Services Offered By Microfinance Institutions Finance Essay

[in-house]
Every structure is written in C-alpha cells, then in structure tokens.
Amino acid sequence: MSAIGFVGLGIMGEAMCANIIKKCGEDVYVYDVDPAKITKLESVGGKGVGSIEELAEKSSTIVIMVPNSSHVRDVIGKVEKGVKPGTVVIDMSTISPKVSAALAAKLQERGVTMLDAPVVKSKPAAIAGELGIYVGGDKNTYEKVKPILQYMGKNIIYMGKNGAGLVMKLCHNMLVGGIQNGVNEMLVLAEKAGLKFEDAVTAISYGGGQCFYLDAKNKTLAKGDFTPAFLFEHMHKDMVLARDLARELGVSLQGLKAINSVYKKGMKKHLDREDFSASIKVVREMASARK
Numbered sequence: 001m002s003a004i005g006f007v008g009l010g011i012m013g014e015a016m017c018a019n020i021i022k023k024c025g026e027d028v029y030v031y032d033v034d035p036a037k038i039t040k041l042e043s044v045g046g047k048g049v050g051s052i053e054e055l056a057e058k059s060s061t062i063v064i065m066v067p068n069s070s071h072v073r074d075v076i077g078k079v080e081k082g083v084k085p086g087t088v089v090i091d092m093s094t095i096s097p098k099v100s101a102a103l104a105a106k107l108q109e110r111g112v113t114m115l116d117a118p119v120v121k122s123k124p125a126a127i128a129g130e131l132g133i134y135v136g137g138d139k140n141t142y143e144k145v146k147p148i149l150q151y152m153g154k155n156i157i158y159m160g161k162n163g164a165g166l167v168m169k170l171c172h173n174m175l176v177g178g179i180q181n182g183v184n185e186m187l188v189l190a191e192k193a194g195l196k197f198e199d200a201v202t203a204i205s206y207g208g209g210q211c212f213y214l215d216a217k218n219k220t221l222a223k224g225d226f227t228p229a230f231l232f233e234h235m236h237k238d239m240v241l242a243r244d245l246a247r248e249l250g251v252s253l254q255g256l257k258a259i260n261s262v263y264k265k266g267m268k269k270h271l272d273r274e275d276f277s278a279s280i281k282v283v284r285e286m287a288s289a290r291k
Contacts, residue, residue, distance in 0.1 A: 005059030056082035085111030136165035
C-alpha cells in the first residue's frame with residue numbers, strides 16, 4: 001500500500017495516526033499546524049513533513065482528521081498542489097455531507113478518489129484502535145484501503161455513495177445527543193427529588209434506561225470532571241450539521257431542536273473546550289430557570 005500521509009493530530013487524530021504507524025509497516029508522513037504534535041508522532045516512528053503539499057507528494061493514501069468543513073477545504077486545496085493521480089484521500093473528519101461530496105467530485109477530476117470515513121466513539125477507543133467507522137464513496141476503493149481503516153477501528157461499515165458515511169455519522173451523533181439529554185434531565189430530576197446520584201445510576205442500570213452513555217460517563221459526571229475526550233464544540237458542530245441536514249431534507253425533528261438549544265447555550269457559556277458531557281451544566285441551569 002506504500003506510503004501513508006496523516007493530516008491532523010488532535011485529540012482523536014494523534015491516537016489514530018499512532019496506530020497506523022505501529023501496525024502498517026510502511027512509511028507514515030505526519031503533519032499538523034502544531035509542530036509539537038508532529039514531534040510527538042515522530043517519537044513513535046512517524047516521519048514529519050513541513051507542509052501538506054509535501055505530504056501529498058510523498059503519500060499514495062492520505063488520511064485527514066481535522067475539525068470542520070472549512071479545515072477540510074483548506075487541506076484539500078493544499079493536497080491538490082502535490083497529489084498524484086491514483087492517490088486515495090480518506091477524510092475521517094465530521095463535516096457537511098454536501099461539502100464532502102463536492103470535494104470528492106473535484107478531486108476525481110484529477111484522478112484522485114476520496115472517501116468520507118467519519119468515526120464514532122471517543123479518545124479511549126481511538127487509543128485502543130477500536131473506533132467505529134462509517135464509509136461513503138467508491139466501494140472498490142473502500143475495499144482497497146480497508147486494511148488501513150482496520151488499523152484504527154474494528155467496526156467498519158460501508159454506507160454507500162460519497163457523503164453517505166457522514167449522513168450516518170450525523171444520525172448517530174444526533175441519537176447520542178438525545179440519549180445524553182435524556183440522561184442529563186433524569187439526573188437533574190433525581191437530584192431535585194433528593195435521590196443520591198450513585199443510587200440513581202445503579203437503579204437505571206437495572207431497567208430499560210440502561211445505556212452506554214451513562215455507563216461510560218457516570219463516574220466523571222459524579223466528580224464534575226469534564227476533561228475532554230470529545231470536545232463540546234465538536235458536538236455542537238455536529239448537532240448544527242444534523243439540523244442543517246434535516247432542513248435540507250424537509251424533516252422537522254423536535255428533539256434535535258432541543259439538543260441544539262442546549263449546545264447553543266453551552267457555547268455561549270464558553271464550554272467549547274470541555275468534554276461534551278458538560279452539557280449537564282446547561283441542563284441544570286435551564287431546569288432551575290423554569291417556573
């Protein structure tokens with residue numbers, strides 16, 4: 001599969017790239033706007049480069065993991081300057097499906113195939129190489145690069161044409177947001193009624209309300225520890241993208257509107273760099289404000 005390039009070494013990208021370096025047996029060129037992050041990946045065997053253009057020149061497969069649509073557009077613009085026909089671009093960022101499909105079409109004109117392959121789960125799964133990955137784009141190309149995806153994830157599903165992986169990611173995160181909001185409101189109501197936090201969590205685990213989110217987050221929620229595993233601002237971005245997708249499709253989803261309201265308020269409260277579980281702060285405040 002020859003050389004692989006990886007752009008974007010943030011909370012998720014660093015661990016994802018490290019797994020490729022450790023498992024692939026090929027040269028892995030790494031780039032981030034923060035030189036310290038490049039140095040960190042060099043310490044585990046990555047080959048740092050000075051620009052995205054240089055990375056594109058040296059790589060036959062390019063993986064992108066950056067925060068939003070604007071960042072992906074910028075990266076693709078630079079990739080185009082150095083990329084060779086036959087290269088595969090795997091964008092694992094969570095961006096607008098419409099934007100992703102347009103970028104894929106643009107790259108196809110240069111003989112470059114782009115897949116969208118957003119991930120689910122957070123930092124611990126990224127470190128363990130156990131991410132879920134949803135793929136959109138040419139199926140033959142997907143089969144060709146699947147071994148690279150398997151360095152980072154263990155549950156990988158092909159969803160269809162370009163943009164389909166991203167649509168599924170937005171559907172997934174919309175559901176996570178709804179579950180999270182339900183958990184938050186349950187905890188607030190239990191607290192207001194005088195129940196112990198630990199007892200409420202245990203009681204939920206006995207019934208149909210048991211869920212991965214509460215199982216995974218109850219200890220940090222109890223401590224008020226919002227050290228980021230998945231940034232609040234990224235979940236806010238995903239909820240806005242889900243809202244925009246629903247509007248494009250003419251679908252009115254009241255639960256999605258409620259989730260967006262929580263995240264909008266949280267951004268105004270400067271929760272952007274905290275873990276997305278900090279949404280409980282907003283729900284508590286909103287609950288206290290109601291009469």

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In the last 5 Years the Indian Microfinance sector has witnessed tremendous growth, during which Microfinance institutions were subject to hardly any regulation. Most of the Microfinance institutions during that period were only subject to prudential requirements; but there was no regulation to address fair lending practices, pricing, or operations. The combination of minimal regulation and tremendous growth in the sector led to an environment where customers were increasingly dissatisfied with services offered by Microfinance institutions, culminating in the Andhra Pradesh crisis in the fall of 2010. Leading up to the Andhra Pradesh crisis, microfinance institutions were experiencing a huge influx of equity and debt investment from both Indian and Foreign Financial institutions. Some Microfinance institutions were doubling their book size each year, aiming to reach more areas and customers. As institutions started scaling up quickly, MFI employee hiring and training processes were less thorough, resulting in employees who were involved in inappropriate collection practices and lending models that led to customer over-indebtedness. In August 2010, SKS Microfinance held the first initial public offering (IPO) for a microfinance institution in India, raising USD 347 million and drawing attention to the potential profits of the sector. Media reports took different viewpoints on the IPO, some celebrating the sector, and others characterizing the profits as taking advantage of the poor. Further reports cited links between Microfinance Institutions (MFIs) lending and suicides in Andhra Pradesh. The incident culminated when Andhra Pradesh Chief Minister passed the Andhra Pradesh Microfinance Ordinance 2010, which includes a number of measures that greatly restricts microfinance institutions operations. As a result of the ordinance, and the general attitude towards microfinance in Andhra Pradesh, loan repayments dropped dramatically. Due to low repayment rates, microfinance institutions, with exposure to Andhra Pradesh, suffered significant losses. Banks stopped lending to microfinance institutions all over India, for fear that a similar situation would occur elsewhere, resulting in a liquidity crunch for microfinance institutions, which are largely dependent on bank lending as a funding source. With the sector at a standstill, microfinance institutions, microfinance clients, banks, investors, and local governments were calling for new regulation to address the prominent issues of the sector. The Reserve Bank of India (RBI) responded by appointing an RBI sub-committee know as the Malegam Committee. This committee aimed to address the primary customer complaints that led to the crisis, including coercive collection practices, usurious interest rates, and selling practices that resulted in over-indebtedness. The existing regulations did not address these issues, thus, who should respond to these issues, and how they should respond, was uncertain. This prolonged the general regulatory uncertainty and the resulting repayment and institutional liquidity issues. The Malegam Committee released their recommended regulations in January 2011. These recommendations were ‘broadly accepted’ by RBI in May 2011, though specific regulation was only released regarding which institutions qualify for priority sector lending at this time. Additionally, an updated version of the Micro Finance Institutions (Development and Regulations) Bill 2011 is in Parliament, which aims to provide a regulatory structure for microfinance institutions operating as societies,

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